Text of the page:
Hi Jake,

Jacob Gerlach <jacobgerl...@gmail.com> writes:

> I'm starting writing my thesis, for which I hope to remain in org-mode
> rather than regular LaTeX.

Others have already given you good advice, but since I am also writing
my thesis in Org, I thought I would chime in.  Like you, I felt a bit of
trepidation when I was deciding whether to write in Org or LaTeX; I
ultimately went with Org because (1) I find it much more pleasant to use
98% of the time; (2) I felt pretty confident I could plug the gaps in
the other 2% with help from Org's awesome community; and (3) I wanted
the option to export to other formats like HTML (though I haven't used
this much so far).

> I am working on adapting a thesis LaTeX template into org-mode. The
> template is set up with a main.tex having several individual files
> (chapters, appendices, etc) \include'd.
> I believe that I could parallel this using org's publishing mechanism. An
> alternate approach would be to use one single file, since I can simply fold
> chapters to focus my workflow.

Like others, I would recommend the one-file approach.  One advantage is
that it makes it easier to compile parts of your document by themselves,
since exporting a subtree from Org will inherit any #+LATEX_HEADER:
declarations that apply to the whole document (unless you override them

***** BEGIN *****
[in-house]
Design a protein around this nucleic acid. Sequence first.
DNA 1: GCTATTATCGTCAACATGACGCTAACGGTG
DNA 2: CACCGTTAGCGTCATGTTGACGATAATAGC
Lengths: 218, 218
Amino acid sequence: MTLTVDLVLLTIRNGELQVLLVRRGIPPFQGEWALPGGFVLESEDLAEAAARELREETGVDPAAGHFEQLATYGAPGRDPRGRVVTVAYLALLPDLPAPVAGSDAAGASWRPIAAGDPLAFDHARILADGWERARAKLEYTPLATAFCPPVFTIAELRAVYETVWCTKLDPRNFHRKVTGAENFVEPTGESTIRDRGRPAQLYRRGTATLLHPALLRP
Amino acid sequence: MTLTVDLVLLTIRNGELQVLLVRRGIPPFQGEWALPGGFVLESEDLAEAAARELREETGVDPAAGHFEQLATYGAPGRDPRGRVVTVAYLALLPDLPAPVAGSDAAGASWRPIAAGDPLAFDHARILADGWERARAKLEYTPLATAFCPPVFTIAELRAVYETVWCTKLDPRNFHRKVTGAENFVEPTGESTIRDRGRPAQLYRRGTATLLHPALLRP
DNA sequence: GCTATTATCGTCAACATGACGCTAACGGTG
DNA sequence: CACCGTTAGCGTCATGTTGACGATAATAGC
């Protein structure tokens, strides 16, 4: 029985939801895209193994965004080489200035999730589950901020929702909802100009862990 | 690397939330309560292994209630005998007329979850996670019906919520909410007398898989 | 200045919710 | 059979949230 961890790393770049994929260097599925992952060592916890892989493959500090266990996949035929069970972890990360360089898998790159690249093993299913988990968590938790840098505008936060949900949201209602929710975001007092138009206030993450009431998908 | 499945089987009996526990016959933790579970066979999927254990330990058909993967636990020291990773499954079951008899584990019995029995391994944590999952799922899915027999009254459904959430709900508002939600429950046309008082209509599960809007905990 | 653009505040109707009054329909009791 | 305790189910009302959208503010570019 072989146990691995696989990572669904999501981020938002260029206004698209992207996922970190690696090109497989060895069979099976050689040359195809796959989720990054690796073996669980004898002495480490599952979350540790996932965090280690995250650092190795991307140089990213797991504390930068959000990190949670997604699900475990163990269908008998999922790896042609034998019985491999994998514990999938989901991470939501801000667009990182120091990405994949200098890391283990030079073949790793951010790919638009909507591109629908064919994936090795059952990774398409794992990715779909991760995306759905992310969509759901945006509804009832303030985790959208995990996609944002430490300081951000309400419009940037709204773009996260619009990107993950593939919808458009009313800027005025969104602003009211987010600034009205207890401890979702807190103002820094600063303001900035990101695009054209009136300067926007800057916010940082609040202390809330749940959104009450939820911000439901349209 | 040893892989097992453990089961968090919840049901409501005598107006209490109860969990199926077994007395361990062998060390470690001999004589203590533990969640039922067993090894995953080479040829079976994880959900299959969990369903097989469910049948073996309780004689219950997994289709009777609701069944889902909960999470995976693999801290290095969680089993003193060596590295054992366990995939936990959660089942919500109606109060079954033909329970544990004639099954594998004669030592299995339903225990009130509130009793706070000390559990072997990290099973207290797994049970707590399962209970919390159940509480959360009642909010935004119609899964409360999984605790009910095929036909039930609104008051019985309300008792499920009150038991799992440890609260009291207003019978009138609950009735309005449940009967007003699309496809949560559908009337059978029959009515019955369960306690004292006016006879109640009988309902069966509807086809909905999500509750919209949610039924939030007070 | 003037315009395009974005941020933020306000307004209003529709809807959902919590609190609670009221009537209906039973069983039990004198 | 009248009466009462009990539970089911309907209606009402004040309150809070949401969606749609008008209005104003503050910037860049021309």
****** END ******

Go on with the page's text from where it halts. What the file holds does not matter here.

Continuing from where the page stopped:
by setting the EXPORT_LATEX_HEADER property on the subtree).

> My first concern is losing the ability to use internal links if I use
> separate files. Another thought is compilation time if I use one file and
> must always run pdflatex over the entire document. I'm sure there are
> pitfalls either way that I'm not yet aware of.

If you decide you need to go the multiple-files route, you can probably
find a way to convert internal links into external ones.  I half-recall
someone posting code on this list to do this at some point...

Here are a couple of other things to think about.  When I decided to go
with Org, I took a few steps to ensure that if I ever need to switch to
pure LaTeX, I will be able to do so with minimal pain, just by exporting
my Org document to .tex and going from there.  (The big sticking point
here for me was making sure I could produce human-readable, stable
labels and refs for things like sections.  See the variable
org-latex-custom-id-as-label, which was introduced by a patch I wrote.)

If you're worried about ever having to make the switch, I would
recommend thinking ahead about each of the Org features you rely on and
seeing how they get exported to LaTeX.  If the default output is not
something you'd want to edit by hand, consider either limiting your use
of that feature, or customizing it so that it produces better output for
you.  Org provides a lot of ways to do the latter, from tweaking
variables to export filters to custom export backends.

Another thing to think ahead about is how you want to deal with your
bibliography.  People on this list use different approaches.  I
personally keep my reading tasks and notes in Org, then generate a .bib
file from this as needed during compilation of my thesis.  Others keep
bibliographic information directly in .bib.  I think you'll find there
are good tools for either approach, but one or the other will probably
fit better into your workflow, and may affect how easily you can export
to other formats.

Hope that's helpful!


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